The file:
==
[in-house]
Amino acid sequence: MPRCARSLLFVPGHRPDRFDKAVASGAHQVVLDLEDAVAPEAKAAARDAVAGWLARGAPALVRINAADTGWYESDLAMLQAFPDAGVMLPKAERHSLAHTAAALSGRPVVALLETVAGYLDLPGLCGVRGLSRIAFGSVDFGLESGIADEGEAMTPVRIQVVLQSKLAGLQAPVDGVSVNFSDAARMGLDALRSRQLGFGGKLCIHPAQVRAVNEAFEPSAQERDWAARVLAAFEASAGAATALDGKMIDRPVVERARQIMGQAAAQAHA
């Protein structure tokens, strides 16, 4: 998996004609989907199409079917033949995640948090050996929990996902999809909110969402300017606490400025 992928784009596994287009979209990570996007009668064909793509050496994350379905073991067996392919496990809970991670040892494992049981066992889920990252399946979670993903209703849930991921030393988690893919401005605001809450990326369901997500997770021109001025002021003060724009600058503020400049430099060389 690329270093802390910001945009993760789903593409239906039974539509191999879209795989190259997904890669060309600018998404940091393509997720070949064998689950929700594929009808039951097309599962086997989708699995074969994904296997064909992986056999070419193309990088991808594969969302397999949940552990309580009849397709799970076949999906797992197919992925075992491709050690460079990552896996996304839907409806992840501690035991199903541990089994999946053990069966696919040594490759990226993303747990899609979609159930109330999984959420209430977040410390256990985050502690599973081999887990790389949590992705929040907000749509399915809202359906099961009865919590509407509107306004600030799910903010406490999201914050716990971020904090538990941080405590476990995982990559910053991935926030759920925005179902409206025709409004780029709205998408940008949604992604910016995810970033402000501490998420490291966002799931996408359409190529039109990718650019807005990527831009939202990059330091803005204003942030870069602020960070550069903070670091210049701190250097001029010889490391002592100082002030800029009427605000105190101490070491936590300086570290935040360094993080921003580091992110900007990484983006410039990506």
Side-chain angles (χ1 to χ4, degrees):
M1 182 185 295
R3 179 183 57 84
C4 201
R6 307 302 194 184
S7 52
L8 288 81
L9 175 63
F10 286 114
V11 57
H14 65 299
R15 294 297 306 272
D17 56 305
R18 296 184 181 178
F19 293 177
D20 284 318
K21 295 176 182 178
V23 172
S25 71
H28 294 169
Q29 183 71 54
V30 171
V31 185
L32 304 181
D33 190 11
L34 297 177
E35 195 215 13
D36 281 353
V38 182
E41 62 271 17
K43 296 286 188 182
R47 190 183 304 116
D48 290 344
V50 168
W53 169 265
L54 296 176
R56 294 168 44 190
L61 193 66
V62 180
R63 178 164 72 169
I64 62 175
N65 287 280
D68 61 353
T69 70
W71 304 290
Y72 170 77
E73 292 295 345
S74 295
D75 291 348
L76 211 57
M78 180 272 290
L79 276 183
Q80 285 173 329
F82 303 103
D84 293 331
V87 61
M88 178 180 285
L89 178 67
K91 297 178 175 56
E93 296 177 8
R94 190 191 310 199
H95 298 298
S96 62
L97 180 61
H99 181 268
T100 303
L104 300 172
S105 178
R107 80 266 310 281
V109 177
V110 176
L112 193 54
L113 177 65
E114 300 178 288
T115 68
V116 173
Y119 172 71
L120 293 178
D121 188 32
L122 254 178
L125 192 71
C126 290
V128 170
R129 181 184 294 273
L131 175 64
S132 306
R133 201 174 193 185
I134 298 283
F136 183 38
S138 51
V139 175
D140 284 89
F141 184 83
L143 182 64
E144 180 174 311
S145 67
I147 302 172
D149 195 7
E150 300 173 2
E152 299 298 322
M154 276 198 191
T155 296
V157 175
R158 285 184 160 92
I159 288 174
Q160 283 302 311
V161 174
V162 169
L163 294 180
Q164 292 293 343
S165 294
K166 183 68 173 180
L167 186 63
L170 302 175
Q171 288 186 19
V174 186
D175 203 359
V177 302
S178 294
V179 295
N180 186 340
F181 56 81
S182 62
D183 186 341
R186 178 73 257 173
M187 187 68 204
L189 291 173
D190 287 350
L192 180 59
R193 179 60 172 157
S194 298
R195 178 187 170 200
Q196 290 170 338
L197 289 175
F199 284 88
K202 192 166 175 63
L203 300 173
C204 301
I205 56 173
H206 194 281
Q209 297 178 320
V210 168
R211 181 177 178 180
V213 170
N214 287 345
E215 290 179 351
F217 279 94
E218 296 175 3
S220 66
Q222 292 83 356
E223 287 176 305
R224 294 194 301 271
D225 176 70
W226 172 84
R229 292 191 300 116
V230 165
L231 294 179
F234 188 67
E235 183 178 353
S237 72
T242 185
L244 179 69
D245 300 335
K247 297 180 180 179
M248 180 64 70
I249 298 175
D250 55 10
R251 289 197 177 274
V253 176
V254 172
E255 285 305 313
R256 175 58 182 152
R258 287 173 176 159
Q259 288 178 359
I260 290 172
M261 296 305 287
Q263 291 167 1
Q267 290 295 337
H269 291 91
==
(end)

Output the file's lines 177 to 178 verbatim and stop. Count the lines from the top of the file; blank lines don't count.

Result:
Q259 288 178 359
I260 290 172